“It’s not enough just to throw money at research,” says Cranfield. “It’s crucial to think carefully about where it's being spent. Government funding should be directed where it will have the most impact and where other funding sources are lacking.”

Other speakers at the conference where Cranfield offered these observations addressed specific issues regarding national agri-food strategies. Their presentations offered economic perspectives on which aspects of agricultural policies make sense and which are counter-productive to national fiscal growth. The keynote speaker at the conference was Joseph Glauber, the U.S. Department of Agriculture’s chief economist. Glauber gave an overview of U.S. farm policy and the World Trade Organization.

Published in Provinces

April 9, 2012, Victoria, BC – The Investment Agriculture Foundation of B.C. (IAF) welcomes three new directors to its board.

Dale Krahn of Abbotsford, B.C., representing the poultry sector; Ken Bates of Delta, B.C., representing the field vegetable, berry and mushroom sectors, and Rick Gagner of Surrey, B.C., representing the post farm gate sector were appointed following the foundation’s March 23 annual general meeting.   

“We welcome our new directors and look forward to working with them,” said IAF board acting chair, Peter Levelton. “We also thank our departing chair, Stuart Wilson, and directors Derek Janzen and Bar Hayre for their six years of service, the maximum allowed by IAF policy. We will miss their passion and dedication to the industry.”  

Continuing IAF directors are Peter Levelton (Richmond/greenhouse, floriculture and nursery), Gay Hahn (Surrey/post farm gate), Debbie Aarts (Chilliwack/dairy), Chris Byra (Chilliwack/farm supply), Jens Larsen (Merritt/other livestock), Jim Tingle (Prince George/community agriculture) and Rob Dawson (Cawston/tree fruit and grapes). Directors re-appointed for a further two-year term are Paula Brown (Burnaby/emerging sectors), Irmi Critcher (Taylor/grains, oilseeds and forage) and Ernie Willis (Princeton/cattle).

Also sitting on the board are non-voting directors John Berry (Agriculture and Agri-Food Canada) and Grant Parnell (B.C. Ministry of Agriculture).

Published in Associations

Apr. 2, 2012, Ottawa, ON - Responses are mixed on the agriculture side in response to Canada's Economic Action Plan 2012, introduced in late March by Finance Minister Jim Flaherty. On one hand, the government is cutting over $300 million from Agriculture and Agri-Food Canada (AAFC), but there are also a number of funding additions to encourage trade, food safety and reimbursement for flood damage.

The cuts

According to the 2012 budget, "[the] Agriculture and Agri-Food portfolio organizations will streamline their operations and reduce operating costs, while making sure services are provided to farmers and the agriculture industry in the most cost-effective and efficient way."

The description goes on to mention that the AAFC and the Canadian Food Inspection Agency (CFIA) will merge and integrate a variety of functions, including research goals, to make it "easier for farmers and industry to get the information on technological advances they need to succeed."

The CFIA saw its budget cut from current levels to decreases of $2.1 million in 2012-13, $10 million in 2013-14 and a staggering $56.1 million by 2015. These cuts will be accomplished by transforming how it interacts and delivers services to clients with regards to permits, licences and registration, as well as for the provision of technological, interpretive and specialized advice.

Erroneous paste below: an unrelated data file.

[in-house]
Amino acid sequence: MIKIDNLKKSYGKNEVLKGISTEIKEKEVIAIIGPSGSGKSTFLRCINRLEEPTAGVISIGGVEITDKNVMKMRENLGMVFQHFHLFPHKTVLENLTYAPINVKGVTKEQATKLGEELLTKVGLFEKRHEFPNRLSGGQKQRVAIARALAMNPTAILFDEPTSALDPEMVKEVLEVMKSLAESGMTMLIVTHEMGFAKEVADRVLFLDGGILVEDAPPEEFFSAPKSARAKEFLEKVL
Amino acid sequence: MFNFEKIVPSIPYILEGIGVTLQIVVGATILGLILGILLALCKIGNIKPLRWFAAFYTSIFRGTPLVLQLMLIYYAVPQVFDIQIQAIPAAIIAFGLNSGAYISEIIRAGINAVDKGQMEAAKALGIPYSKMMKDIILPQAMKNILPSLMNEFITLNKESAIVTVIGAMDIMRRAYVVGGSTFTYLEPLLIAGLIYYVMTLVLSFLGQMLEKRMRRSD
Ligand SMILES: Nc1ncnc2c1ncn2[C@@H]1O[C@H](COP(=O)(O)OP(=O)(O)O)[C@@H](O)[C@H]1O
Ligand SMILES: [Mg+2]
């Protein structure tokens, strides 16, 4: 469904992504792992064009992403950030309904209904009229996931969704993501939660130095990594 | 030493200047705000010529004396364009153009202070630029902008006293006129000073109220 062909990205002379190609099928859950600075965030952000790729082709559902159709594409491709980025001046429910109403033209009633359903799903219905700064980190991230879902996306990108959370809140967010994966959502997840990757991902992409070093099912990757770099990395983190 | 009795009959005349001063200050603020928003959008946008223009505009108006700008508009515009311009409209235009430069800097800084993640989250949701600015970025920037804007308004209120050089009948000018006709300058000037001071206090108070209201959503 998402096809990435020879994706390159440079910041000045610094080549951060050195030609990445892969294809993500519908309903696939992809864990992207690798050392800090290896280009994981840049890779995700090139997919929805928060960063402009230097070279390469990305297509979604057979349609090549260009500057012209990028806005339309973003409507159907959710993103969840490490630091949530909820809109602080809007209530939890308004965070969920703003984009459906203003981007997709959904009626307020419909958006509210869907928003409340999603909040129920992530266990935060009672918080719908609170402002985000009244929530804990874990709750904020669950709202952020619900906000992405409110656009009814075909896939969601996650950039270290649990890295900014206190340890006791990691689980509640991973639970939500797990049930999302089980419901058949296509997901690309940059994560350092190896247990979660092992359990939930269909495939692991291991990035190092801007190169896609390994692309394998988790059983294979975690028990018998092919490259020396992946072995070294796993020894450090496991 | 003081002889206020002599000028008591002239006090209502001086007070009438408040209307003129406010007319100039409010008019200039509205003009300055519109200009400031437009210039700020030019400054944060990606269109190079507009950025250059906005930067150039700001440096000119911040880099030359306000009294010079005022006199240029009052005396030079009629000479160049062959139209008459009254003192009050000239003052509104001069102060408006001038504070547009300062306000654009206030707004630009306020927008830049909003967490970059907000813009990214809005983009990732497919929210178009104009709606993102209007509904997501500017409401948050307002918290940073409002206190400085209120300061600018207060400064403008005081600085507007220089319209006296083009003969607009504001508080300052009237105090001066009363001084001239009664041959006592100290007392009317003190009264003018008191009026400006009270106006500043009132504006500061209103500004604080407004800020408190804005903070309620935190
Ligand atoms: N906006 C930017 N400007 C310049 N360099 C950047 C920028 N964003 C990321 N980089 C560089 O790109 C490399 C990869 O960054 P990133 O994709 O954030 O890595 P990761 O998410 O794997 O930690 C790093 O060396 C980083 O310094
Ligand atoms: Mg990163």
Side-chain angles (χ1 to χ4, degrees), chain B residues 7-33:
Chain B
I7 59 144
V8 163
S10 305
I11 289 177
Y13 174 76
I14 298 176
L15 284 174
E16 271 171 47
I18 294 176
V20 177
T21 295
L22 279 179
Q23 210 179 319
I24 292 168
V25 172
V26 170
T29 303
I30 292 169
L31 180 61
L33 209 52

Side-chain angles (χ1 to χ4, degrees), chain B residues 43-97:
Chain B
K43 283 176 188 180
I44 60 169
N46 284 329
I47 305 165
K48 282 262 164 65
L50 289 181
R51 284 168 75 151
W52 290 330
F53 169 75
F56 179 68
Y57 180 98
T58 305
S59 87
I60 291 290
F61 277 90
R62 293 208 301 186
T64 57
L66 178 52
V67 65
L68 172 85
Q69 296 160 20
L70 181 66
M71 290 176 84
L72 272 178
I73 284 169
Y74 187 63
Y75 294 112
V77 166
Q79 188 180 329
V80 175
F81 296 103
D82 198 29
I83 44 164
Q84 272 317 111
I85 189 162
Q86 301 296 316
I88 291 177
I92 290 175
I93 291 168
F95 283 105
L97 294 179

The document also states that the CFIA will have to change how they monitor and enforce non-health and safety food labelling regulations through the introduction of a web-based label verification tool that will allow customers to bring concerns directly to the approppriate companies and associations. Lastly, the budget states that, "the Government will also repeal regulations related to container standards to enable industry to take advantage of new packaging formats and technologies, while removing an unnecessary barrier for the importation of new products from international markets."

The additions

While there are a large number of cuts, some areas of the AAFC do receive a financial boost. For example, the budget proposes funding for the Canadian Grain Commission of $27 million in 2012-13 and $17 million in 2013-14. This will allow the commission to move to "a sustainable funding model" and realign its fee structure for services.

Food safety also received some attention in the budget, with $51.2 million being split between the Public Health Agency of Canada, Health Canada and the CFIA, to continue enhanced surveillance, early detection and improved response capabilities to foodborne illness emergencies.

"Time and time again we have demonstrated that food safety is a priority for this Government," added Minister Ritz in a press release from Marketwire. "Our Government's Budget, once again, reaffirms our strong commitment to consumers and the food industry."

Of great relief to many farmers that struggled in the 2011 floods was a $99.2 million commitment over three years to fund "permanent flood mitigation measures."

The budget also focused on international trade and partnerships to help expand and open export markets. It proposes to undertake the most ambitious trade expansion plan in Canadian history, strengthening trade with the United States, the European Union, Japan, India, China and many more to help reduce red tape and making it easier for farmers and industries to do business.

This will be accomplished by having the AAFC consolidating the delivery of grants and contributions programs out of only one branch.